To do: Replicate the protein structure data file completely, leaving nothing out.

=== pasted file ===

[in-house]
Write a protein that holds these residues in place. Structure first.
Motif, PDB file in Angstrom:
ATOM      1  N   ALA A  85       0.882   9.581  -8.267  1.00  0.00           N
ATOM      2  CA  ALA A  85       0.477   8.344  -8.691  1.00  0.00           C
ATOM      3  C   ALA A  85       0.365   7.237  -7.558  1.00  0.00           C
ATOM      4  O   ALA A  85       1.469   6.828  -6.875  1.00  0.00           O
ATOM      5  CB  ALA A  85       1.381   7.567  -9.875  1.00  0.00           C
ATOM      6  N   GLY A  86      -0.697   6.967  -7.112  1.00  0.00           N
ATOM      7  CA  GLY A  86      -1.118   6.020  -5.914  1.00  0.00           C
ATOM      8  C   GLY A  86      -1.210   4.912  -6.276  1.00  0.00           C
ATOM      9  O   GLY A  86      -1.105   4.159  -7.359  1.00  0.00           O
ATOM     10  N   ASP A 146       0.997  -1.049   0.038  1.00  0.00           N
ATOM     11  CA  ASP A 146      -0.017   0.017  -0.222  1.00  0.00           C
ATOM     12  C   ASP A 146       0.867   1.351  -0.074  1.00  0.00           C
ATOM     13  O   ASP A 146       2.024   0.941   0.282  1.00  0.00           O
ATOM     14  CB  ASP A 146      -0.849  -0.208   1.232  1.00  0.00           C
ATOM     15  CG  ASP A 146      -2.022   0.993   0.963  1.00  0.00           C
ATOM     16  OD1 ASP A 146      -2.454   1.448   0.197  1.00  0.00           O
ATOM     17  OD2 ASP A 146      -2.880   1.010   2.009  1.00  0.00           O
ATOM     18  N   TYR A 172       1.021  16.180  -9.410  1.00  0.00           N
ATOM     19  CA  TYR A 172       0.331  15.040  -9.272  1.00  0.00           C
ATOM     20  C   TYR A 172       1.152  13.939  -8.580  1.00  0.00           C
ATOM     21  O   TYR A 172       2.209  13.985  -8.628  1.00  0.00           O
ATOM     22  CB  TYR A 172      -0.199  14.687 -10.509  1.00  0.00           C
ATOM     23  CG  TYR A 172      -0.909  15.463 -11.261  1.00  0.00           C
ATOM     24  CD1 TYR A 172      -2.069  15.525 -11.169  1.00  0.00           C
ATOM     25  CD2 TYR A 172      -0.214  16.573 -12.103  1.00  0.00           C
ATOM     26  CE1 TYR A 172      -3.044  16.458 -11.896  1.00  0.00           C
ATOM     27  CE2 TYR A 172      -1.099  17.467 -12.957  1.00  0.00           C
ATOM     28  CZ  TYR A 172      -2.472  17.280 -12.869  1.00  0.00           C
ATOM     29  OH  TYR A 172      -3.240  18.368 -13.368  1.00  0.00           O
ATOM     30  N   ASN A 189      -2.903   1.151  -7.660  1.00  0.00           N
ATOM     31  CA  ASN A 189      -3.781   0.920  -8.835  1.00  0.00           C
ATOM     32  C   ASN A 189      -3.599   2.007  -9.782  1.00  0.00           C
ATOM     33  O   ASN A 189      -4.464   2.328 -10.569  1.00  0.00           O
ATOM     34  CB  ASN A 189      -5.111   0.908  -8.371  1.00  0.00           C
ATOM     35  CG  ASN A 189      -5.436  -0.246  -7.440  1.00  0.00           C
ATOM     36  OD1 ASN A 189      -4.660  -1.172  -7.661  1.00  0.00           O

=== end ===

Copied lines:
[in-house]
Write a protein that holds these residues in place. Structure first.
Motif, PDB file in Angstrom:
ATOM      1  N   ALA A  85       0.882   9.581  -8.267  1.00  0.00           N
ATOM      2  CA  ALA A  85       0.477   8.344  -8.691  1.00  0.00           C
ATOM      3  C   ALA A  85       0.365   7.237  -7.558  1.00  0.00           C
ATOM      4  O   ALA A  85       1.469   6.828  -6.875  1.00  0.00           O
ATOM      5  CB  ALA A  85       1.381   7.567  -9.875  1.00  0.00           C
ATOM      6  N   GLY A  86      -0.697   6.967  -7.112  1.00  0.00           N
ATOM      7  CA  GLY A  86      -1.118   6.020  -5.914  1.00  0.00           C
ATOM      8  C   GLY A  86      -1.210   4.912  -6.276  1.00  0.00           C
ATOM      9  O   GLY A  86      -1.105   4.159  -7.359  1.00  0.00           O
ATOM     10  N   ASP A 146       0.997  -1.049   0.038  1.00  0.00           N
ATOM     11  CA  ASP A 146      -0.017   0.017  -0.222  1.00  0.00           C
ATOM     12  C   ASP A 146       0.867   1.351  -0.074  1.00  0.00           C
ATOM     13  O   ASP A 146       2.024   0.941   0.282  1.00  0.00           O
ATOM     14  CB  ASP A 146      -0.849  -0.208   1.232  1.00  0.00           C
ATOM     15  CG  ASP A 146      -2.022   0.993   0.963  1.00  0.00           C
ATOM     16  OD1 ASP A 146      -2.454   1.448   0.197  1.00  0.00           O
ATOM     17  OD2 ASP A 146      -2.880   1.010   2.009  1.00  0.00           O
ATOM     18  N   TYR A 172       1.021  16.180  -9.410  1.00  0.00           N
ATOM     19  CA  TYR A 172       0.331  15.040  -9.272  1.00  0.00           C
ATOM     20  C   TYR A 172       1.152  13.939  -8.580  1.00  0.00           C
ATOM     21  O   TYR A 172       2.209  13.985  -8.628  1.00  0.00           O
ATOM     22  CB  TYR A 172      -0.199  14.687 -10.509  1.00  0.00           C
ATOM     23  CG  TYR A 172      -0.909  15.463 -11.261  1.00  0.00           C
ATOM     24  CD1 TYR A 172      -2.069  15.525 -11.169  1.00  0.00           C
ATOM     25  CD2 TYR A 172      -0.214  16.573 -12.103  1.00  0.00           C
ATOM     26  CE1 TYR A 172      -3.044  16.458 -11.896  1.00  0.00           C
ATOM     27  CE2 TYR A 172      -1.099  17.467 -12.957  1.00  0.00           C
ATOM     28  CZ  TYR A 172      -2.472  17.280 -12.869  1.00  0.00           C
ATOM     29  OH  TYR A 172      -3.240  18.368 -13.368  1.00  0.00           O
ATOM     30  N   ASN A 189      -2.903   1.151  -7.660  1.00  0.00           N
ATOM     31  CA  ASN A 189      -3.781   0.920  -8.835  1.00  0.00           C
ATOM     32  C   ASN A 189      -3.599   2.007  -9.782  1.00  0.00           C
ATOM     33  O   ASN A 189      -4.464   2.328 -10.569  1.00  0.00           O
ATOM     34  CB  ASN A 189      -5.111   0.908  -8.371  1.00  0.00           C
ATOM     35  CG  ASN A 189      -5.436  -0.246  -7.440  1.00  0.00           C
ATOM     36  OD1 ASN A 189      -4.660  -1.172  -7.661  1.00  0.00           O